My crease incision from breast augmentation will be closed with external nylon sutures. I have heard different stories as to the timing of suture removal. Is 3 weeks too long for the nylon suture to be left in place? Will my skin grow over the sutures? What are some of the possible complications with these types of sutures left in place for that long? Your insights will be appreciated. Thanks very much.
When Should Breast Augmentation Sutures Be Removed?
Doctor Answers (18)
Removable sutures and the timing for removal
Removable sutures need to be removed relatively soon after placement to minimize noticeable scarring, but the exact timing depends upon what other measures have been used to support the wound. If other dissolving sutures are placed under the Nylon sutures, then the Nylon can be removed earlier with little risk of wound disruption.
Ask your surgeon as the exact timing depends upon the technique he or she used.
Suture Removal After Breast Augmentation
The decision in using dissolvable sutures vs non-dissolvable sutures is dependent on the preference of the surgeon.
Dissolvable sutures will last longer to maintain the integrity of the wound edges. However, if they are placed superficially at the skin edge, they may dissolve too quickly and lead to the small suture abscess/infection.
These little suture abscesses can lead to a noticeable scar. Thus, some surgeons will use non-dissolvable sutures on the superficial skin closure.
In general, most sutures that are non-dissolvable should be removed in 5-7 days.
Suture removal after breast augmentation
Thanks for your question -
Each surgeon may use different techniques to close incisions after breast augmentation. In our San Francisco area practice we do not use sutures that need to be removed.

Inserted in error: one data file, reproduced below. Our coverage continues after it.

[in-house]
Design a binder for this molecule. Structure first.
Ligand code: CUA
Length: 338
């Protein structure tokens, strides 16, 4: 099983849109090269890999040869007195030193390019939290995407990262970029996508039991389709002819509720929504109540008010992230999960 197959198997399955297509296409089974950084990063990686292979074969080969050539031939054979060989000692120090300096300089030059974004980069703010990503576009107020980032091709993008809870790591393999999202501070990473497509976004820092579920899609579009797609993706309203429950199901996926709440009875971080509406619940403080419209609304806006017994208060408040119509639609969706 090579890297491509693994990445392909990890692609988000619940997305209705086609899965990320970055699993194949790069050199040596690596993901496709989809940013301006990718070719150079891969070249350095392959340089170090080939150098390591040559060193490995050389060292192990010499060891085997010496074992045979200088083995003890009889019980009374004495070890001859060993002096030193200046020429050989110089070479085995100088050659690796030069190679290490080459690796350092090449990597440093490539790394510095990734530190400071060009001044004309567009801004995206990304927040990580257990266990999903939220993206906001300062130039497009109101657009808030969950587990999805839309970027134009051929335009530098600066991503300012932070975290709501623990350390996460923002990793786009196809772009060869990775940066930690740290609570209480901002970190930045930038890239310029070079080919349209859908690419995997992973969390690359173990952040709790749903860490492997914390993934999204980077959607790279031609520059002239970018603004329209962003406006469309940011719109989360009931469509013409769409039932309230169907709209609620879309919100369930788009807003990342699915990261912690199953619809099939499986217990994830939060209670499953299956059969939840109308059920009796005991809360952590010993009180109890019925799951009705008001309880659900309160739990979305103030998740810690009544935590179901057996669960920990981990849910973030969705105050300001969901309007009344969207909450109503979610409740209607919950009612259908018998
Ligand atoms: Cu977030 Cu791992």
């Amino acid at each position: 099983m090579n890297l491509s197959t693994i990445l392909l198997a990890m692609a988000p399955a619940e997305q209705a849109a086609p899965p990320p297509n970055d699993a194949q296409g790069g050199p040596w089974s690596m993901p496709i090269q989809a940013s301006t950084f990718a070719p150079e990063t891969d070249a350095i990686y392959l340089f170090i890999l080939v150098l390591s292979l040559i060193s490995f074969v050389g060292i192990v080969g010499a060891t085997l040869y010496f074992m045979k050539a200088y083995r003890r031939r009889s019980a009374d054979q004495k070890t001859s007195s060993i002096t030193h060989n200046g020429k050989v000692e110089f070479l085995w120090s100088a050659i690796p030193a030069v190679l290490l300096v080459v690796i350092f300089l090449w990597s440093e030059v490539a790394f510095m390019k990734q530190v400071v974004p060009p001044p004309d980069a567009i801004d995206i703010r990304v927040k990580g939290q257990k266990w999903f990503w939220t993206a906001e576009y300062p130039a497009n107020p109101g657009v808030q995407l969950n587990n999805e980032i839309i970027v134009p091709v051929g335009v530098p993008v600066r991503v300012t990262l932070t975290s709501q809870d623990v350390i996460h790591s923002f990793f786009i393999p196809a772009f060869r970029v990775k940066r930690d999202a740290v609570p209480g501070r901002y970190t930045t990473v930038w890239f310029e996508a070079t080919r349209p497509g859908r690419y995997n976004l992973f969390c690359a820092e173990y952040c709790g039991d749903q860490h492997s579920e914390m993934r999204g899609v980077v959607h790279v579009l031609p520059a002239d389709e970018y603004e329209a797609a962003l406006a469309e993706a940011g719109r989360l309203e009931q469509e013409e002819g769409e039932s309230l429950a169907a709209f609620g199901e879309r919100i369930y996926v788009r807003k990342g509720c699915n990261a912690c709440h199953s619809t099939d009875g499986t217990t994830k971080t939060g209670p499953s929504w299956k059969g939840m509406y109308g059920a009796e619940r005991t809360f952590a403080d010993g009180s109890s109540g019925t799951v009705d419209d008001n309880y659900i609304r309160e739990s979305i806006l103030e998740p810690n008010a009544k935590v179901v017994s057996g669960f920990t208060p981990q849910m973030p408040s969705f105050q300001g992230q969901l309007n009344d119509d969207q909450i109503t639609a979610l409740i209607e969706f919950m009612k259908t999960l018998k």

When thinking about permanent sutures (like nylon or prolene) sometimes leaving these sutures in for more than a week can leave "track marks" along the incision. This can be avoided when using these types of suture by varying the placement of the suture, for example placing the suture with a "running subcuticular" where the suture ends exit the ends of the wound only avoids the potential scar issues of a traditional "baseball" stitch.
I hope this helps.
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Leaving nylon stitch in for 3 weeks depends on technique.
This is perfectly acceptable depending on the technique used to place the nylon sutures. In many cases the stitch runs beneath the surface and comes through the skin only at the beginning and end of the incision (subcuticular). Leaving it in for 3 weeks tends to keep the wound from spreading wide during the most active part of the healing process.
If howeever, individual stitches are placed, then generally, you would want to have them removed prior to 3 weeks to avoid stitch marks.
Some surgeons actually bury a permanent stitch (polypropylene) beneath the surface for 6 months prior to removing it .
Check with your surgeon
Thank you for your question.
Three weeks is too long to leave the sutures in place. They should generally be removed within five to ten days. If the sutures are left in too long, this could cause the scar to heal unevenly.